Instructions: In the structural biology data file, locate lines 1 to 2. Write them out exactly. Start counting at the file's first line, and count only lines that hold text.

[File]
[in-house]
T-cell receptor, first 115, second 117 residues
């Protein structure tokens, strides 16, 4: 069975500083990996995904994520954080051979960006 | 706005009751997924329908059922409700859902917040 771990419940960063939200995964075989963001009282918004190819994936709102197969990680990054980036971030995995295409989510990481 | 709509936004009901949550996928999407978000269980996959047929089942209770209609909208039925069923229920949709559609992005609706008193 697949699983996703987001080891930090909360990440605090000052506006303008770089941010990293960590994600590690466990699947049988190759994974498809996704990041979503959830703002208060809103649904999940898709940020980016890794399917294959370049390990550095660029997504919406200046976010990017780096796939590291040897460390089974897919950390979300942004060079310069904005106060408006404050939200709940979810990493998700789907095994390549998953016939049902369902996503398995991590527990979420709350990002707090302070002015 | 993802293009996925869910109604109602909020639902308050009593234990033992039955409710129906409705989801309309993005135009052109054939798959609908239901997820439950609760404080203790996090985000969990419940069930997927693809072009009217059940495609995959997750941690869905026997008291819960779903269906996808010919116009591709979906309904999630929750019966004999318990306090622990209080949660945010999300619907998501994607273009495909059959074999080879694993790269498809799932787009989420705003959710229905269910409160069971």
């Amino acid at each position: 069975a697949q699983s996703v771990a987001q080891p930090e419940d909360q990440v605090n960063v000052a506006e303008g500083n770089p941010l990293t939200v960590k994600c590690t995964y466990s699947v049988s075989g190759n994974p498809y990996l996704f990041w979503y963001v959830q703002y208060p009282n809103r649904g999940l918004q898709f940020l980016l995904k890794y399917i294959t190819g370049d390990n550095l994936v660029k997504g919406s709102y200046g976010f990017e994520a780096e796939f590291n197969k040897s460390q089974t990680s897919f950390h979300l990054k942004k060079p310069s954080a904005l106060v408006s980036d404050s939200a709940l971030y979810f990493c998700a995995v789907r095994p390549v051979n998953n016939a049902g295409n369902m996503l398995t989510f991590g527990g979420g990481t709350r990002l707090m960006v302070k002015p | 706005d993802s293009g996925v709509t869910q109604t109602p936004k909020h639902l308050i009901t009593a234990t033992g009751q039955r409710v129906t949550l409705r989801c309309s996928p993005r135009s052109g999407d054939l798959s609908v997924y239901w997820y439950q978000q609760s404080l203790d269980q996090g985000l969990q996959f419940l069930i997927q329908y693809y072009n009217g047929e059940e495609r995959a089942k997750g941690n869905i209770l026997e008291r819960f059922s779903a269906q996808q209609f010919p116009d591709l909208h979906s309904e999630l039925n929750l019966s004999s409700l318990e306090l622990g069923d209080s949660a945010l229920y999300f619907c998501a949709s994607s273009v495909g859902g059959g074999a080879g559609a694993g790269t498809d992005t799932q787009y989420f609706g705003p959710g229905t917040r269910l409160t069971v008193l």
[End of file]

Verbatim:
[in-house]
T-cell receptor, first 115, second 117 residues